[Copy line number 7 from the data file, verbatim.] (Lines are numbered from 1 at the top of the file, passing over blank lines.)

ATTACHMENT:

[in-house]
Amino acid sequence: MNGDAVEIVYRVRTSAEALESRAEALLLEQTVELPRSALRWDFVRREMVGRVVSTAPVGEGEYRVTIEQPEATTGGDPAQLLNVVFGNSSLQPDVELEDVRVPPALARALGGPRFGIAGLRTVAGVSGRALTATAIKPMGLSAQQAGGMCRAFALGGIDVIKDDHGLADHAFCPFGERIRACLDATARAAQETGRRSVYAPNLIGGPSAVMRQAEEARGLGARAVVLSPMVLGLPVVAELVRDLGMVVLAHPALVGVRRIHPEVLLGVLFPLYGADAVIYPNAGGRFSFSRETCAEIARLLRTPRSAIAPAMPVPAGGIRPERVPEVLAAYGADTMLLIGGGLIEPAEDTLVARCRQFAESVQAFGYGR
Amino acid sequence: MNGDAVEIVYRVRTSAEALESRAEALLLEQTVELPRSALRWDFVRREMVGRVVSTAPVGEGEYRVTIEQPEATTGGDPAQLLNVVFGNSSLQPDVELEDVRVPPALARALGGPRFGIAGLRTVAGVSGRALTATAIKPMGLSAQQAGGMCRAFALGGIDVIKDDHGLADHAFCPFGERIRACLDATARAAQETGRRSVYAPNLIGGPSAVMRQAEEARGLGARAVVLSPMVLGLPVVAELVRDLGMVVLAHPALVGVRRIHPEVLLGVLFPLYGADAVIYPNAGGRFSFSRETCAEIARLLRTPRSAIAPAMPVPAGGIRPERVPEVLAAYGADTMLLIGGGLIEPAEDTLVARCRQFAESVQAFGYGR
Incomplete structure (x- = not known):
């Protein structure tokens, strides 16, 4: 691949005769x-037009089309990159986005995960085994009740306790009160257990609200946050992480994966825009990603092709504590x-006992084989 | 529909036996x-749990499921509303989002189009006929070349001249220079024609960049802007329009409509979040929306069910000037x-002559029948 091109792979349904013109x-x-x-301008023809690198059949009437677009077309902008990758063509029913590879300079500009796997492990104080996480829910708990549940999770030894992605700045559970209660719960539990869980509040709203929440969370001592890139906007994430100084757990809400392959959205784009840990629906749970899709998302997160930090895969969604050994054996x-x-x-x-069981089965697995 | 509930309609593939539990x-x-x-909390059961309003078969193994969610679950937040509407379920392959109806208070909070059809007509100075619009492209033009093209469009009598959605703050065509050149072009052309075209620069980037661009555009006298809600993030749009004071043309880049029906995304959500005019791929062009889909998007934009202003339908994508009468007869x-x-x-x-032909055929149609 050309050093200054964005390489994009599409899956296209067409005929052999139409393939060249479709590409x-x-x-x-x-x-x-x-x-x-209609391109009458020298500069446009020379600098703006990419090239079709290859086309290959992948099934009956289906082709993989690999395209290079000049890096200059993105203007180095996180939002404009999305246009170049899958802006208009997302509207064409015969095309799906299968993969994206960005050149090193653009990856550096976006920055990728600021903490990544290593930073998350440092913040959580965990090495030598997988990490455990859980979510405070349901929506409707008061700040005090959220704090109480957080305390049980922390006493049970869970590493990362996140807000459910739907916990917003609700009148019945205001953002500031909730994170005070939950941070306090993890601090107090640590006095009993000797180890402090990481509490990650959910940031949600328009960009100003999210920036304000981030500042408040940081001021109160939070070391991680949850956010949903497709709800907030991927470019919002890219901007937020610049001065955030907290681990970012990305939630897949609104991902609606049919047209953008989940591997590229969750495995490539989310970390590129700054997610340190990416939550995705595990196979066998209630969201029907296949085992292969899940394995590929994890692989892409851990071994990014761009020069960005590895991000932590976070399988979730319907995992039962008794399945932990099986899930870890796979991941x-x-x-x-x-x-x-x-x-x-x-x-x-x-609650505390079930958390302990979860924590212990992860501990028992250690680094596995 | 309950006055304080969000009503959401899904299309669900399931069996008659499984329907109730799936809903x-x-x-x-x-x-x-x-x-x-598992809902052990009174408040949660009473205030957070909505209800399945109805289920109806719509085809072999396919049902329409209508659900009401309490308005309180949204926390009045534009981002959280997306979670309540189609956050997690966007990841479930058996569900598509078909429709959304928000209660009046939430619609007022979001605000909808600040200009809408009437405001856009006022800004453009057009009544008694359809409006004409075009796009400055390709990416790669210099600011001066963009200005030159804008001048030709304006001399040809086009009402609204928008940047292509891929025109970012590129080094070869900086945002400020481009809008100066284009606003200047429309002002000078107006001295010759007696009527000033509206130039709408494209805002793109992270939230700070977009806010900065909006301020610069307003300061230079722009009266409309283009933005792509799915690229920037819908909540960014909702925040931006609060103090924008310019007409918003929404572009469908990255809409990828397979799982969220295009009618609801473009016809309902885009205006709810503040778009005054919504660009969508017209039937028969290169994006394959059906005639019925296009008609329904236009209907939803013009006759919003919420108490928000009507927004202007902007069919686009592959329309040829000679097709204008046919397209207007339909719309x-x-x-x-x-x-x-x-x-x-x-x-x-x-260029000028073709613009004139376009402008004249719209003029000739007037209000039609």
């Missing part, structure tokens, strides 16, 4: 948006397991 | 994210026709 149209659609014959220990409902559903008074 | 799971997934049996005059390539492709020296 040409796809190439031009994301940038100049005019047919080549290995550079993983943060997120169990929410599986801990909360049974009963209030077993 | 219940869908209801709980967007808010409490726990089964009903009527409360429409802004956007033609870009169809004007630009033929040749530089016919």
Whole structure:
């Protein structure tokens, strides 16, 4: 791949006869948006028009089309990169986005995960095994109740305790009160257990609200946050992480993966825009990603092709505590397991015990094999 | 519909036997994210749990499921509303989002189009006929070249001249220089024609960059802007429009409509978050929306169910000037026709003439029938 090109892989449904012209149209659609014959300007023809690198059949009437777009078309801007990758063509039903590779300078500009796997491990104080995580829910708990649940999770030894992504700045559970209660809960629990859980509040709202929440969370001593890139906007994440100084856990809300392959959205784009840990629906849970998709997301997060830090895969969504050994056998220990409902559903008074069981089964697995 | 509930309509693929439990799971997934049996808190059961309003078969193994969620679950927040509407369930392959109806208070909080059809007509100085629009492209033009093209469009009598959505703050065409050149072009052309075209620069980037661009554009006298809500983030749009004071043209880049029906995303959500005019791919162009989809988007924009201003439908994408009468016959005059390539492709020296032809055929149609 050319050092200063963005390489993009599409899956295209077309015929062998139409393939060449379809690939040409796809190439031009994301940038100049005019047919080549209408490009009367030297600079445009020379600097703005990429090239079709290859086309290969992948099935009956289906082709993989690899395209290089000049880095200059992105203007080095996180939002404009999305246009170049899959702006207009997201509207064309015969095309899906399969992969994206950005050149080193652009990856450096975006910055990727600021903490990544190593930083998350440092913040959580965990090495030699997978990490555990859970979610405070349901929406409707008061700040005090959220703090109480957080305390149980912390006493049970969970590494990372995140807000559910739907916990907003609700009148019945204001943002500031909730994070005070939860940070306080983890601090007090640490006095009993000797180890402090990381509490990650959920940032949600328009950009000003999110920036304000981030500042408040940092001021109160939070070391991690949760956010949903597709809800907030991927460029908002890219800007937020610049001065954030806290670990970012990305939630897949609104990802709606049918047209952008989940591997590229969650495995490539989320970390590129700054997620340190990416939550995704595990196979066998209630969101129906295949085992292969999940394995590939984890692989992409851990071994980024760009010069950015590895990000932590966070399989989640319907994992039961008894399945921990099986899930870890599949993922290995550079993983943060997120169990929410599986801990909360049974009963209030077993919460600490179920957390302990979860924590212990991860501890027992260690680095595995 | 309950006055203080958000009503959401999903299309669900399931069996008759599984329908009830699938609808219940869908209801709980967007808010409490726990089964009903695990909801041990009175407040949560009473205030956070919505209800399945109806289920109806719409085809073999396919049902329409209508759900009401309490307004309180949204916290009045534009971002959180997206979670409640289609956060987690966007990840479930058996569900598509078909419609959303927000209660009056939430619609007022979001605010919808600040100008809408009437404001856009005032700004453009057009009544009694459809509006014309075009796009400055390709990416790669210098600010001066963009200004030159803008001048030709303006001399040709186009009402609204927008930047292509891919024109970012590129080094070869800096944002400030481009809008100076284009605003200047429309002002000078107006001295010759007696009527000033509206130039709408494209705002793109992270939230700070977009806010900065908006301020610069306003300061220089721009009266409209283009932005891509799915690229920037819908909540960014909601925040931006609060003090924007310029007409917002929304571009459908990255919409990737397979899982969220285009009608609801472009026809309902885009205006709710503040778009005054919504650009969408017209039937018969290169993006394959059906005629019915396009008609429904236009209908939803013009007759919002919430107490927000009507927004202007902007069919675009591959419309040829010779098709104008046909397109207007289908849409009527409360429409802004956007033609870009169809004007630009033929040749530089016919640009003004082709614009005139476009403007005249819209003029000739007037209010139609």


Whole structure: